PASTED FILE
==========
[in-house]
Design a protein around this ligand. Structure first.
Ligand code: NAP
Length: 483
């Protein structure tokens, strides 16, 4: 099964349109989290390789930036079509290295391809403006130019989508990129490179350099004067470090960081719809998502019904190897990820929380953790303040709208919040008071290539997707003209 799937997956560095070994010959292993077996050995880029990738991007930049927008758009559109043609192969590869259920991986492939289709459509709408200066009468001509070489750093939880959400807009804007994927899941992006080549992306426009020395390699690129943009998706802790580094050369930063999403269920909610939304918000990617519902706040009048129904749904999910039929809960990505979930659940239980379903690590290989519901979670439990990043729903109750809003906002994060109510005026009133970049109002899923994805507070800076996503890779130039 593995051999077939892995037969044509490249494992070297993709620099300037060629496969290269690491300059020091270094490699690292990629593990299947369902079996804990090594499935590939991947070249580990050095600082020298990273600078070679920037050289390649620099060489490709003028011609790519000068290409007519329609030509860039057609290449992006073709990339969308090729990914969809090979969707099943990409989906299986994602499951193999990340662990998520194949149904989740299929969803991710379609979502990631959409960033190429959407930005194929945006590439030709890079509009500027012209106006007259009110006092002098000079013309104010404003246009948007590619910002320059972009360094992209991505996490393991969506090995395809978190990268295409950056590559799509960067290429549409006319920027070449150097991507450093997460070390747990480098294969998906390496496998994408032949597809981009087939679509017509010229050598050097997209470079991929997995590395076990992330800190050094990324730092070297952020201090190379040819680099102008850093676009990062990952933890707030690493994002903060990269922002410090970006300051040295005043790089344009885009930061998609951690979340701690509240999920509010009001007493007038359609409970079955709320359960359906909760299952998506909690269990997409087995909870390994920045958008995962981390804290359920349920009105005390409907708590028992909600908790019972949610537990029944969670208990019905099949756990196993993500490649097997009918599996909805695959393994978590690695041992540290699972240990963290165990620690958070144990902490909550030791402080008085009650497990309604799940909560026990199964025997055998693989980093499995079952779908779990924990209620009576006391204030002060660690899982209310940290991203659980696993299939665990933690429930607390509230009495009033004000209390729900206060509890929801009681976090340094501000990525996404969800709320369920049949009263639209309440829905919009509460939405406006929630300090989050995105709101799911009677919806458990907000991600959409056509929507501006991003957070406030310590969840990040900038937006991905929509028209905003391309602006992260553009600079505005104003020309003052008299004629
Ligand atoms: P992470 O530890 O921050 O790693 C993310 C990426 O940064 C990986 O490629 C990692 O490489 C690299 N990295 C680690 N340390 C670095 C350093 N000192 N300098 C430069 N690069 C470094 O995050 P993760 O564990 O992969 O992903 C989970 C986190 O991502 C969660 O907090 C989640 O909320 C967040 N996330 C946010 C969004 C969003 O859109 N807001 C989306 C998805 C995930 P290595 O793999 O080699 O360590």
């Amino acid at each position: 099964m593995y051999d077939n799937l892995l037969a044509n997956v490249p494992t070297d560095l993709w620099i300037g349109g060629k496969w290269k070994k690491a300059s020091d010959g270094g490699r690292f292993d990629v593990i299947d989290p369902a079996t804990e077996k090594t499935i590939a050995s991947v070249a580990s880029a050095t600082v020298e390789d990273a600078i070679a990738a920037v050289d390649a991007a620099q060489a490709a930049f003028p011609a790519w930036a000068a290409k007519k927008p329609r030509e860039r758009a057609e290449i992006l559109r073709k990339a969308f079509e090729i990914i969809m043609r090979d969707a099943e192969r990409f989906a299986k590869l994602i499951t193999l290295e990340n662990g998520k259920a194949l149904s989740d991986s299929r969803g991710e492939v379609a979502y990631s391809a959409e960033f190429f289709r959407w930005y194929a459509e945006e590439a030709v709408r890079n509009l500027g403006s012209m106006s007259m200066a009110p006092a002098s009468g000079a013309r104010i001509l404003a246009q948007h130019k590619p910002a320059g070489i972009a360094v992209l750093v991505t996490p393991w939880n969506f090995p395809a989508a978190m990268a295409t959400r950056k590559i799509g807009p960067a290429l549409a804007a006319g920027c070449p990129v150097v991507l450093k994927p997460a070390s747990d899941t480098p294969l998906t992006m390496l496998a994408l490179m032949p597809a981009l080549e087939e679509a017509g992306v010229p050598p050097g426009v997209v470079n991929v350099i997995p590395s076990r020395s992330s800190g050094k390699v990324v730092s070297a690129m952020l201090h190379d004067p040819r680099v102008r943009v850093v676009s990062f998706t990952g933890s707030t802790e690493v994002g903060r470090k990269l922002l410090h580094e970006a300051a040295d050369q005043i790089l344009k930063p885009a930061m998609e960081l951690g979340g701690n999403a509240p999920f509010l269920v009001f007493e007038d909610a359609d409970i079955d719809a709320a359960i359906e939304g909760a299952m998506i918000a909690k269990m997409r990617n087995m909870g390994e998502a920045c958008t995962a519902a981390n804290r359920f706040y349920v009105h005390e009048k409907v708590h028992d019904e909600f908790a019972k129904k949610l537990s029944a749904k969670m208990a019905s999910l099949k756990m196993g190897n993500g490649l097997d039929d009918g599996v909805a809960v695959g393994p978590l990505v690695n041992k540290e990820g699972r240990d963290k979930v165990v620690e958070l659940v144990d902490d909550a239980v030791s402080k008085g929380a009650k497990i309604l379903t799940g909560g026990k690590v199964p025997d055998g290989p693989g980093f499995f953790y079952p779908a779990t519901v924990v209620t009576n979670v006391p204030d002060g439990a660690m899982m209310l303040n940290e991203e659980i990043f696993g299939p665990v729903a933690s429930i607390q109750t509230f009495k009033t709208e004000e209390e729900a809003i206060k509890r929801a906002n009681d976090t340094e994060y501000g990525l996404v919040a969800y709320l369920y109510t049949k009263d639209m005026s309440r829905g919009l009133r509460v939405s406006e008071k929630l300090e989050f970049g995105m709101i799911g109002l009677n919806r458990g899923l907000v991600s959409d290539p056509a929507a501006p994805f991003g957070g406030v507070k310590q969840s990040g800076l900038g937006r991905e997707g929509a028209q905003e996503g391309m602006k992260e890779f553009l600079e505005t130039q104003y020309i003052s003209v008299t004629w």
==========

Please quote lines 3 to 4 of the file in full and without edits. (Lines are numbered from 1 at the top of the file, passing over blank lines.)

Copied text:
Ligand code: NAP
Length: 483